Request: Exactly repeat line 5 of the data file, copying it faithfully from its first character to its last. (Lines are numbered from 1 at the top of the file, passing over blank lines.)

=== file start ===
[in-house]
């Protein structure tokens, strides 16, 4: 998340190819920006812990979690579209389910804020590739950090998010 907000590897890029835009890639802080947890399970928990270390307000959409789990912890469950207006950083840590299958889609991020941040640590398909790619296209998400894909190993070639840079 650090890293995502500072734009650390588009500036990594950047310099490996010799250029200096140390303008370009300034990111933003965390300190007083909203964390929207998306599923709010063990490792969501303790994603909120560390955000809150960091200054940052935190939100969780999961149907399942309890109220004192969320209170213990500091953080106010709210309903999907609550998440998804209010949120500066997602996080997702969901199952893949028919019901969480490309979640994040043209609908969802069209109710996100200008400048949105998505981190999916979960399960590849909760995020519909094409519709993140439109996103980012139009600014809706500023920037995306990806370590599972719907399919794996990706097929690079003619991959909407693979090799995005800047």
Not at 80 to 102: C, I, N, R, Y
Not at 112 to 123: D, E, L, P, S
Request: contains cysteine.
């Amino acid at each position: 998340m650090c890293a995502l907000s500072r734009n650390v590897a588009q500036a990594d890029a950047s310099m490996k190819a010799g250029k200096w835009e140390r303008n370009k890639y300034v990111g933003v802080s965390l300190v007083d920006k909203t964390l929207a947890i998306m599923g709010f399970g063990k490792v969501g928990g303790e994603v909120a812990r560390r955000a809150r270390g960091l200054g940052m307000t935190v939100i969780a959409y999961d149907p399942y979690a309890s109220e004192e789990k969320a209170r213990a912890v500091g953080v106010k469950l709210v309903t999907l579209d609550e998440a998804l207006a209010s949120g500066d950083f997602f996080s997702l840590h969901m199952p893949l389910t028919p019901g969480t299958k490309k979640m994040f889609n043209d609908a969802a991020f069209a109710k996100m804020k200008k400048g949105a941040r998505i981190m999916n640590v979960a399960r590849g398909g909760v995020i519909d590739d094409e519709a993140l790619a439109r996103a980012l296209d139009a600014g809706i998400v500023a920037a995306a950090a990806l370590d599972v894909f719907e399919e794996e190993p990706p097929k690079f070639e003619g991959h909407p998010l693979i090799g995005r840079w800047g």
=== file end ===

Request: contains cysteine.